The Road to True Threats is Paved with Intimidating Intentions
Recently, the Tenth Circuit Court of Appeals considered the dividing line between free speech guarantees and the state’s authority to criminalize threat speech. In United States v. Heineman, the court held that the government must prove specific intent in true-threat cases: to obtain a conviction, prosecutors must prove not just that the defendant intended to communicate a threat, but that he intended for the recipient to feel threatened.
The underlying case was brought against Aaron Heineman, a white supremacist from Utah. Several years ago, he composed a “poem” and e-mailed it to a professor at the University of Utah. The writing addressed the professor by name and opened with the statement, “Come the time of the revolution[,] we will convene to detain you [a]nd slay you . . . .” Fearing for his safety, the professor notified authorities, who traced the e-mail back to Heineman. Heineman was charged with one count of sending an interstate threat in violation of 18 U.S.C. § 875(c).
At trial, Heineman claimed that he suffered from Asperger’s Disorder and, therefore, could not foresee that the professor would feel threatened by the poem. But the trial judge signaled that Heineman could be convicted on proof that he meant to send the communication, regardless of whether he intended a particular result.
After a bench trial, Heineman was convicted based on findings that he knowingly transmitted a communication containing a threat and that his poem was a “true threat” because it would cause a reasonable person to conclude that he intended to cause bodily injury.
On appeal, the Tenth Circuit reversed. Speaking for the court, Circuit Judge Harris Hartz explained that the district court’s “reasonable person” standard was not sufficiently protective of free-speech rights, especially given the Supreme Court’s 2003 decision in Black v. Virginia. In Black, the Court upheld Virginia’s authority to ban cross burnings carried out with the intent to intimidate, but prohibited the state from treating cross burning itself as prima facie evidence of that intent. The Court explained, “‘[T]rue threats’ encompass statements where the speaker means to communicate a serious expression of intent to commit an act of unlawful violence to a particular individual or group of individuals.” The Court continued, “Intimidation . . . is a specific type of ‘true threat’ where a speaker directs a threat to a person or group of persons with the intent of placing the victim in fear of bodily harm or death.”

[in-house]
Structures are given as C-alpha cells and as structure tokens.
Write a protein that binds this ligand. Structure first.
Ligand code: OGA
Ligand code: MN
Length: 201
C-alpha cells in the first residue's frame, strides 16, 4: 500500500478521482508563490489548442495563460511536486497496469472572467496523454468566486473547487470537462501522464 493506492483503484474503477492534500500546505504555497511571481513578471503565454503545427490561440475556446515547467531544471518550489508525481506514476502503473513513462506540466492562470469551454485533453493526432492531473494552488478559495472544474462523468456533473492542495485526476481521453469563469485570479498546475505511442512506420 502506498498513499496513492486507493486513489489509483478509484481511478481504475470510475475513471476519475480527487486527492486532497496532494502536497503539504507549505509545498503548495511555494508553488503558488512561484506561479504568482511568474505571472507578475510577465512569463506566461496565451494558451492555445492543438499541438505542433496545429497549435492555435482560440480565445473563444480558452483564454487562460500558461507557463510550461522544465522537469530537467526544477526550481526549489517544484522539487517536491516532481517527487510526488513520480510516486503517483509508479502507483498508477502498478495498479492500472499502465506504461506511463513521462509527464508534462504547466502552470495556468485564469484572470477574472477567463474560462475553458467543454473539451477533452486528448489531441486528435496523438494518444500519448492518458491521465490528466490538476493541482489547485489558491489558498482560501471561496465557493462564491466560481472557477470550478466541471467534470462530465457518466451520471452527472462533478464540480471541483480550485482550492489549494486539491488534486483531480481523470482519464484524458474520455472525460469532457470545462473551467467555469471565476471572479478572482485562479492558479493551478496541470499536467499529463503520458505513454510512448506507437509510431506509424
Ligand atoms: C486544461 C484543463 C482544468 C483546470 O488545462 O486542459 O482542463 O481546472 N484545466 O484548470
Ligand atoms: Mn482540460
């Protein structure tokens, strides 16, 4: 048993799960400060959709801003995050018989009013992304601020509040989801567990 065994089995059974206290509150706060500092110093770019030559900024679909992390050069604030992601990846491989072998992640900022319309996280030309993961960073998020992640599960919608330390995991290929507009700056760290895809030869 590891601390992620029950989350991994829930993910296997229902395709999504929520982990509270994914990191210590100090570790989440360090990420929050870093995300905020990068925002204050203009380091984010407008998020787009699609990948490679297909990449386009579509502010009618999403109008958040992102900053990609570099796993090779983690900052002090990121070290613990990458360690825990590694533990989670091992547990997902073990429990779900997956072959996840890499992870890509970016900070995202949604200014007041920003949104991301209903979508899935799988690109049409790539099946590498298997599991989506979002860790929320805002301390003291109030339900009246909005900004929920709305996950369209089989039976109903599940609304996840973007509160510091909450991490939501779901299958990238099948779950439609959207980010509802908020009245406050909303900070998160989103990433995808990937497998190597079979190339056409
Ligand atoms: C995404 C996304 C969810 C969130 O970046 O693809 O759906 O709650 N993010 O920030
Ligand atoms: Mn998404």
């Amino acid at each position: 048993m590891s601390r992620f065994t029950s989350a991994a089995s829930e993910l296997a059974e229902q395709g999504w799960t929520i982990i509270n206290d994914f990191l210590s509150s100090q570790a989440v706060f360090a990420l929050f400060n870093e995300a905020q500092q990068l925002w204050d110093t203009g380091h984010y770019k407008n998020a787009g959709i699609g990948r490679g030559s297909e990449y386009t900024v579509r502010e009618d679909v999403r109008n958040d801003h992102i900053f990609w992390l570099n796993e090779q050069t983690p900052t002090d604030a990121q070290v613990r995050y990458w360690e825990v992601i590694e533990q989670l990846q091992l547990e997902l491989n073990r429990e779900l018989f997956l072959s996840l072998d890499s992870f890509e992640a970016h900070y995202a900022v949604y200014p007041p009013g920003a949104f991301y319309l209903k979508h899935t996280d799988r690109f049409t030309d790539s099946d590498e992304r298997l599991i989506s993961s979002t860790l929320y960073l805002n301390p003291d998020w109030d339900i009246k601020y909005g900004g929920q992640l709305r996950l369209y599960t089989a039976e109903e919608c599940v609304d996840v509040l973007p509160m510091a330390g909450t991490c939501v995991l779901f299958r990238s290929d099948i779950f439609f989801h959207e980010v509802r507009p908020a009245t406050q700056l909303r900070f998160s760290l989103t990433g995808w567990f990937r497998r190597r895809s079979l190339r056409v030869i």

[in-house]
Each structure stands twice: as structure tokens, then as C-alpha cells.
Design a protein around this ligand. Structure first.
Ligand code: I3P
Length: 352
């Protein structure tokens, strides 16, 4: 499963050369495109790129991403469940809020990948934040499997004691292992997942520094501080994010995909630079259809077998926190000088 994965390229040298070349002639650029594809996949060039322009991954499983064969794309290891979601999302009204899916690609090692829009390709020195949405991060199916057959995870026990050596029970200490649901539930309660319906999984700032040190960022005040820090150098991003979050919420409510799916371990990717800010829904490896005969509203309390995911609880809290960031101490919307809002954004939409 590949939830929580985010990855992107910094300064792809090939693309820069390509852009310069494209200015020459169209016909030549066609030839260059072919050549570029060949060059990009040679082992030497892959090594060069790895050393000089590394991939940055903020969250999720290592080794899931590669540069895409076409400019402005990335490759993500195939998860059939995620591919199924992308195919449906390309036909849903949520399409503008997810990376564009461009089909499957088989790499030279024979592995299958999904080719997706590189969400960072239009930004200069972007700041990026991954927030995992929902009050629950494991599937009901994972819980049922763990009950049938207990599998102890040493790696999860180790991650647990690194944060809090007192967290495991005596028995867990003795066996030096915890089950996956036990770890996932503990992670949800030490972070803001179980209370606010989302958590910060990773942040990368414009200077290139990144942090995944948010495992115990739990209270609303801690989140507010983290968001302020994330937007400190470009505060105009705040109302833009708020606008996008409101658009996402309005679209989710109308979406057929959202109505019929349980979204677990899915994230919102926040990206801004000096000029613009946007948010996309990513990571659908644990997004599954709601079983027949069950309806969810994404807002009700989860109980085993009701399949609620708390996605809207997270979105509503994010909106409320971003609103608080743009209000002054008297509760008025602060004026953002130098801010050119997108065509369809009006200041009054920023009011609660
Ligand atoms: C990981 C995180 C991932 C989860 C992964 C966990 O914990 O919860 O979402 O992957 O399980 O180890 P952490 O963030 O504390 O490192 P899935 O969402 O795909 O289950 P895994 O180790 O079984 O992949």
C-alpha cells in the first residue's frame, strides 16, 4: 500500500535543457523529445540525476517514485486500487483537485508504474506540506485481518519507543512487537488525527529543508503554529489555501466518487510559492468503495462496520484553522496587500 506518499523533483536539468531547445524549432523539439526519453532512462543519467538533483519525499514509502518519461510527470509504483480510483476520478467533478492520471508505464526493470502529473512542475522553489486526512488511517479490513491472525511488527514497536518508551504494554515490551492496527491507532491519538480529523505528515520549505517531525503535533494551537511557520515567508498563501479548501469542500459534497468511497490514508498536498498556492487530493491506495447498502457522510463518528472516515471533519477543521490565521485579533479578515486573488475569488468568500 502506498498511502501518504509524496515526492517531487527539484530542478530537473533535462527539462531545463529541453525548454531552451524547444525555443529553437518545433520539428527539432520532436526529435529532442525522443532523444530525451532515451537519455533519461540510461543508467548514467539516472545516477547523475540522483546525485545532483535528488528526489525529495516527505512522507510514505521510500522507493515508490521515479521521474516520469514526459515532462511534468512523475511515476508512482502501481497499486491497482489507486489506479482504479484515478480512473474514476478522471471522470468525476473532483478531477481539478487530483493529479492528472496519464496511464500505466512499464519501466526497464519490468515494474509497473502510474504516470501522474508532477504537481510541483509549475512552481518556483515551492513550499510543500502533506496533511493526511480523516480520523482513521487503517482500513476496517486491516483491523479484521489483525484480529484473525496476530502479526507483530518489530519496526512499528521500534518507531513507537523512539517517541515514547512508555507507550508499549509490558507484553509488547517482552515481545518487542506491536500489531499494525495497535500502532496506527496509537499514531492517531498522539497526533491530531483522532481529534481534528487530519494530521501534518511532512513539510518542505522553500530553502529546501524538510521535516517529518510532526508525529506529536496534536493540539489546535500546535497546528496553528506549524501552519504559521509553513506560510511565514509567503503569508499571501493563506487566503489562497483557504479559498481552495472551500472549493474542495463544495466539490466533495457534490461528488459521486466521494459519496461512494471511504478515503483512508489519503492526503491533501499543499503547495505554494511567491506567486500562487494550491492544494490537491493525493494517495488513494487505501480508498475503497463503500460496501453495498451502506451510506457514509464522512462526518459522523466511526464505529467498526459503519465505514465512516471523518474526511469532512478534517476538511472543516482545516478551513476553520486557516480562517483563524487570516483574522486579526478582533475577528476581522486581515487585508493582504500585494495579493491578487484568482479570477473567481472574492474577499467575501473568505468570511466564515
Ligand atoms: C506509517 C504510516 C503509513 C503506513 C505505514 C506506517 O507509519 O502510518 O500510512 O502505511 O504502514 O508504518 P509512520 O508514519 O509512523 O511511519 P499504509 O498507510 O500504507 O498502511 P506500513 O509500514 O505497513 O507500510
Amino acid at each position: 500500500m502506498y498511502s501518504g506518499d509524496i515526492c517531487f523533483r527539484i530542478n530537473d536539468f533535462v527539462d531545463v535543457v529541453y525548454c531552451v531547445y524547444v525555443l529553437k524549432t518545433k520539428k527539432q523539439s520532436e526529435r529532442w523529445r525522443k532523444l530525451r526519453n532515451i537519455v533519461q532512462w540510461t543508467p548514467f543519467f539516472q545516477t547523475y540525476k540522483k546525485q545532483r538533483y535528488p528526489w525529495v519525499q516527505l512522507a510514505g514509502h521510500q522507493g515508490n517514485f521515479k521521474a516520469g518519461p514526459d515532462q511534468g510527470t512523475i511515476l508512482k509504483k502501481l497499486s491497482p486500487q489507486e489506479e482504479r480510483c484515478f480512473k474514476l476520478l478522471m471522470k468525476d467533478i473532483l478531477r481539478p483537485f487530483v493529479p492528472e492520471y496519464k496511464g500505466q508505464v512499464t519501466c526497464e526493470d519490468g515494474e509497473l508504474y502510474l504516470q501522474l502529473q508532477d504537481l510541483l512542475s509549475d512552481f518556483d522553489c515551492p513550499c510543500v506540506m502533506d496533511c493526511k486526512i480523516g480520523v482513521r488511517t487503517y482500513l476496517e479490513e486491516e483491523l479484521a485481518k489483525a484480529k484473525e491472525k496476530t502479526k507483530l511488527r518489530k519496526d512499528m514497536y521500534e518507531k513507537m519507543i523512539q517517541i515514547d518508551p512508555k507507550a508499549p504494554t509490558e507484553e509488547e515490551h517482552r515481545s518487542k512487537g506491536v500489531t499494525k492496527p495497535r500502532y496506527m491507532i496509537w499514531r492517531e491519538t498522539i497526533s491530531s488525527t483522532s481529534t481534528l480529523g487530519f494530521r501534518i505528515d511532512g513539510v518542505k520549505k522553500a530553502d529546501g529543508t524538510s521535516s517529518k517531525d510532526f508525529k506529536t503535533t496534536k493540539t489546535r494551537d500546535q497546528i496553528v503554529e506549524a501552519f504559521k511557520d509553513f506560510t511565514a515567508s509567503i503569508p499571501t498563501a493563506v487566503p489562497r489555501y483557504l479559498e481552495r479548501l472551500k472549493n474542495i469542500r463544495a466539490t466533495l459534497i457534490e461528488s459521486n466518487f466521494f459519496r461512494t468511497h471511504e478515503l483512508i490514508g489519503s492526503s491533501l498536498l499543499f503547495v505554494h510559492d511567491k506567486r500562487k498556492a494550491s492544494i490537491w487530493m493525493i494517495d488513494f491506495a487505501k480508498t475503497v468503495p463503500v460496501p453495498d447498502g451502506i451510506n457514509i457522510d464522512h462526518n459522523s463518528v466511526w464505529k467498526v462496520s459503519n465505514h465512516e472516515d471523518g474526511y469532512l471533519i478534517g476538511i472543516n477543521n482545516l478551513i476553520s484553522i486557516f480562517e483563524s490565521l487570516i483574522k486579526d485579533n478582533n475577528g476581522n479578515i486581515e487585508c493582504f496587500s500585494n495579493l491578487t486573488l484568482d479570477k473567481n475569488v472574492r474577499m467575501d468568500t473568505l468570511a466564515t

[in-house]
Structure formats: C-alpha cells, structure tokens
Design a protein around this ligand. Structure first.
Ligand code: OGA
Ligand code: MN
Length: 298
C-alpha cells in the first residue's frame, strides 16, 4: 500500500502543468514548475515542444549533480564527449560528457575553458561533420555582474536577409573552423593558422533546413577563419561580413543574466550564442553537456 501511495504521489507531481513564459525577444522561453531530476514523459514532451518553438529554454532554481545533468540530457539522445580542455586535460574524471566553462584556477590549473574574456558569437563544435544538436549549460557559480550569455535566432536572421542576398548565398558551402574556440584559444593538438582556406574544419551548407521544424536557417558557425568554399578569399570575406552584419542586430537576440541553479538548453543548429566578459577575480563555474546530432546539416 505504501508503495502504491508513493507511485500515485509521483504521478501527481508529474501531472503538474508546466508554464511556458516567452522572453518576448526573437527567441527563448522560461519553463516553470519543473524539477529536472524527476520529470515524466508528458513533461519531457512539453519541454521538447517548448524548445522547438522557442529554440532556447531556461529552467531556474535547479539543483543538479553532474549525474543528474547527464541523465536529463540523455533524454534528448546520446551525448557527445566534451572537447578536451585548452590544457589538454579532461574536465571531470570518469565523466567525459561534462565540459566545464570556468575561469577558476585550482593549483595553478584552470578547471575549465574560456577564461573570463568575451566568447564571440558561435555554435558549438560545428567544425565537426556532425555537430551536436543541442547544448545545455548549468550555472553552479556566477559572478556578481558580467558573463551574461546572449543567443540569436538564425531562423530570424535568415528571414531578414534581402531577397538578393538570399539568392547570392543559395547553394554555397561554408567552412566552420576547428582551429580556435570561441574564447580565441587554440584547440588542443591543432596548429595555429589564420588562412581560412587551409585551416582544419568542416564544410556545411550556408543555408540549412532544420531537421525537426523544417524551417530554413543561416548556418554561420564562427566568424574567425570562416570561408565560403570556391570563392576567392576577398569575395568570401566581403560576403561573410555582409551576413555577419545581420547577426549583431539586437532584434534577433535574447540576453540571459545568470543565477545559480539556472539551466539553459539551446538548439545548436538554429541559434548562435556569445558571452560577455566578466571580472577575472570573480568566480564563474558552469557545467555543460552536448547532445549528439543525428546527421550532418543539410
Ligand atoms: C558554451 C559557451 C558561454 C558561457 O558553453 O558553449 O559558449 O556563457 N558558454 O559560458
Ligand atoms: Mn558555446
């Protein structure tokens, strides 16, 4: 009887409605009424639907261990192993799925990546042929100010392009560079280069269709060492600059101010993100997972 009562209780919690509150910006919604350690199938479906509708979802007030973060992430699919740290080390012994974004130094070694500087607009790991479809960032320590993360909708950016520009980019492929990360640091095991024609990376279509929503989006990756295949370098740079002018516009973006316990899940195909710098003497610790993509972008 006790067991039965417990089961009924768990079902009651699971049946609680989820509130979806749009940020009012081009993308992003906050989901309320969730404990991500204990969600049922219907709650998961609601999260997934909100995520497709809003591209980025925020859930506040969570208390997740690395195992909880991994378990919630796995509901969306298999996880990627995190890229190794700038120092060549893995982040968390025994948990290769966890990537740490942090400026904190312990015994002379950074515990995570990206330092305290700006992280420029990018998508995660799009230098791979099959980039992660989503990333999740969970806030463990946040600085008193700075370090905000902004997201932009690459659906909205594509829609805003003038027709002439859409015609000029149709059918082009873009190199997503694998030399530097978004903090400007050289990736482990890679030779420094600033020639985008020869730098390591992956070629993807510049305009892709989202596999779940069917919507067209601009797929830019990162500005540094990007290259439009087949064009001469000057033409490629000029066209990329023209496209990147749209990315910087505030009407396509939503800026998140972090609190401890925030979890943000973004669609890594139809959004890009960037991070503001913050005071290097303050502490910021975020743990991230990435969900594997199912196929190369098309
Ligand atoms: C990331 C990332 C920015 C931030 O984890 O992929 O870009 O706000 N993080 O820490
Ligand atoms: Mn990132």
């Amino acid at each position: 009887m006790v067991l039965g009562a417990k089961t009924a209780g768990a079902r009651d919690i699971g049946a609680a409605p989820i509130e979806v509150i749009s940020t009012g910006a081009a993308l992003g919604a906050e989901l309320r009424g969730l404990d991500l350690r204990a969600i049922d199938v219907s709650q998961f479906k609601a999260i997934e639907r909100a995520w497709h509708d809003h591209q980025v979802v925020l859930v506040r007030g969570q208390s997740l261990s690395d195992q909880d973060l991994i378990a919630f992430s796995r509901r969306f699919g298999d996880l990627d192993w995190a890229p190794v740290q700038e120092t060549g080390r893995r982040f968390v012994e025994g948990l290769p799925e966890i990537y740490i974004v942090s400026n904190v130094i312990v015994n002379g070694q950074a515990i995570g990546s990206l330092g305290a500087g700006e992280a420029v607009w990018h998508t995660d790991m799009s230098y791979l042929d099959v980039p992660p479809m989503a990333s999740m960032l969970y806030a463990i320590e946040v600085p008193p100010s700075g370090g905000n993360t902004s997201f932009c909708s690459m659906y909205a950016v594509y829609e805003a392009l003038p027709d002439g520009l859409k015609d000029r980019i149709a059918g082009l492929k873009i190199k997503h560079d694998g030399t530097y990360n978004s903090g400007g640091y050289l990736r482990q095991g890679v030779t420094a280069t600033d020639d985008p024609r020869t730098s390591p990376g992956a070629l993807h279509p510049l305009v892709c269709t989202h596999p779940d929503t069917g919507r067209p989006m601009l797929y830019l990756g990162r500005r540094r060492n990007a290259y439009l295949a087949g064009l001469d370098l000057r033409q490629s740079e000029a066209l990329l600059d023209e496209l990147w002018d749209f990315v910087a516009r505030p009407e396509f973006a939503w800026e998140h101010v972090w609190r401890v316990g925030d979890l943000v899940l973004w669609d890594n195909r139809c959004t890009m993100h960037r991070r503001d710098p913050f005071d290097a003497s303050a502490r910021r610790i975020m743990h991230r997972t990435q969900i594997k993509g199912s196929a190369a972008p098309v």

The Tenth Circuit applied these definitions in Heineman’s case and concluded that, under the First Amendment, he could only be convicted of making a true threat if he intended the professor to feel threatened. In Judge Hartz’s view, when the Black Court said the speaker must “mean[ ] to communicate,” the Court was saying that the speaker must intend to communicate threatening words and to instill fear. Indeed, the plurality in Black criticized the prima facie rule precisely because it failed to distinguish between cross burning for purposes of stoking anger and resentment, on one hand, from cross burning for purposes of threatening or intimidating a victim, on the other. The former was considered protected speech, whereas the latter was proscribable as a “true threat.”
The Tenth Circuit is one of two federal appellate courts to interpret Black as requiring subjective intent. Six others have rejected that approach. One such decision has already made its way to the Supreme Court. By next summer, we should know whether the Tenth Circuit got it right.